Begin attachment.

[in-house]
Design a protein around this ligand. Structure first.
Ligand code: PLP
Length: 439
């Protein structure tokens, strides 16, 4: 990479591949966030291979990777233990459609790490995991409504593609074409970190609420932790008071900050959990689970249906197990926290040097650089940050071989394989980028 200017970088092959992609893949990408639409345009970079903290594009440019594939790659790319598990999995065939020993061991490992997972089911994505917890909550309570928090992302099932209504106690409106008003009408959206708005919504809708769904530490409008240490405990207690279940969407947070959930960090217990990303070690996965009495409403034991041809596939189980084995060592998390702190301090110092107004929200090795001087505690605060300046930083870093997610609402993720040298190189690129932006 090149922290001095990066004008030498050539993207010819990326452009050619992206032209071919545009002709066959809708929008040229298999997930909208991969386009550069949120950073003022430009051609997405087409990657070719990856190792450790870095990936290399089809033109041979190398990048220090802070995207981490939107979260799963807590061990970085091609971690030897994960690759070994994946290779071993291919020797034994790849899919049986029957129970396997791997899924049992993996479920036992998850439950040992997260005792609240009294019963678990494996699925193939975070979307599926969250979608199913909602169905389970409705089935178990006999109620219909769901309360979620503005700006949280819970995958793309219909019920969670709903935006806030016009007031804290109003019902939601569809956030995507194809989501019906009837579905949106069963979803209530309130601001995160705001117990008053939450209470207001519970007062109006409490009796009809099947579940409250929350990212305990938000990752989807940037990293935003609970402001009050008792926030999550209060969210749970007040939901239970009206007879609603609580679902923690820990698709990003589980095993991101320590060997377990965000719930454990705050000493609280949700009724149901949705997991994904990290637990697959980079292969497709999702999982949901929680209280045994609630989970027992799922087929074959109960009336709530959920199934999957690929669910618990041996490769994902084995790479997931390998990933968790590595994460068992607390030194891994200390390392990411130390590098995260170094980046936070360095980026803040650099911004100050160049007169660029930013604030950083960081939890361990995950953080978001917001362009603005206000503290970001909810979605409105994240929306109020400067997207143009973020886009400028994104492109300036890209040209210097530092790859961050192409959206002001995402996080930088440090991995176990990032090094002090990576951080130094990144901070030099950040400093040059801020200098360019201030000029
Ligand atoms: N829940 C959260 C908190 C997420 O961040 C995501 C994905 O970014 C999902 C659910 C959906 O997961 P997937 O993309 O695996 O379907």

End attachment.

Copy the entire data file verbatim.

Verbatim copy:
[in-house]
Design a protein around this ligand. Structure first.
Ligand code: PLP
Length: 439
């Protein structure tokens, strides 16, 4: 990479591949966030291979990777233990459609790490995991409504593609074409970190609420932790008071900050959990689970249906197990926290040097650089940050071989394989980028 200017970088092959992609893949990408639409345009970079903290594009440019594939790659790319598990999995065939020993061991490992997972089911994505917890909550309570928090992302099932209504106690409106008003009408959206708005919504809708769904530490409008240490405990207690279940969407947070959930960090217990990303070690996965009495409403034991041809596939189980084995060592998390702190301090110092107004929200090795001087505690605060300046930083870093997610609402993720040298190189690129932006 090149922290001095990066004008030498050539993207010819990326452009050619992206032209071919545009002709066959809708929008040229298999997930909208991969386009550069949120950073003022430009051609997405087409990657070719990856190792450790870095990936290399089809033109041979190398990048220090802070995207981490939107979260799963807590061990970085091609971690030897994960690759070994994946290779071993291919020797034994790849899919049986029957129970396997791997899924049992993996479920036992998850439950040992997260005792609240009294019963678990494996699925193939975070979307599926969250979608199913909602169905389970409705089935178990006999109620219909769901309360979620503005700006949280819970995958793309219909019920969670709903935006806030016009007031804290109003019902939601569809956030995507194809989501019906009837579905949106069963979803209530309130601001995160705001117990008053939450209470207001519970007062109006409490009796009809099947579940409250929350990212305990938000990752989807940037990293935003609970402001009050008792926030999550209060969210749970007040939901239970009206007879609603609580679902923690820990698709990003589980095993991101320590060997377990965000719930454990705050000493609280949700009724149901949705997991994904990290637990697959980079292969497709999702999982949901929680209280045994609630989970027992799922087929074959109960009336709530959920199934999957690929669910618990041996490769994902084995790479997931390998990933968790590595994460068992607390030194891994200390390392990411130390590098995260170094980046936070360095980026803040650099911004100050160049007169660029930013604030950083960081939890361990995950953080978001917001362009603005206000503290970001909810979605409105994240929306109020400067997207143009973020886009400028994104492109300036890209040209210097530092790859961050192409959206002001995402996080930088440090991995176990990032090094002090990576951080130094990144901070030099950040400093040059801020200098360019201030000029
Ligand atoms: N829940 C959260 C908190 C997420 O961040 C995501 C994905 O970014 C999902 C659910 C959906 O997961 P997937 O993309 O695996 O379907």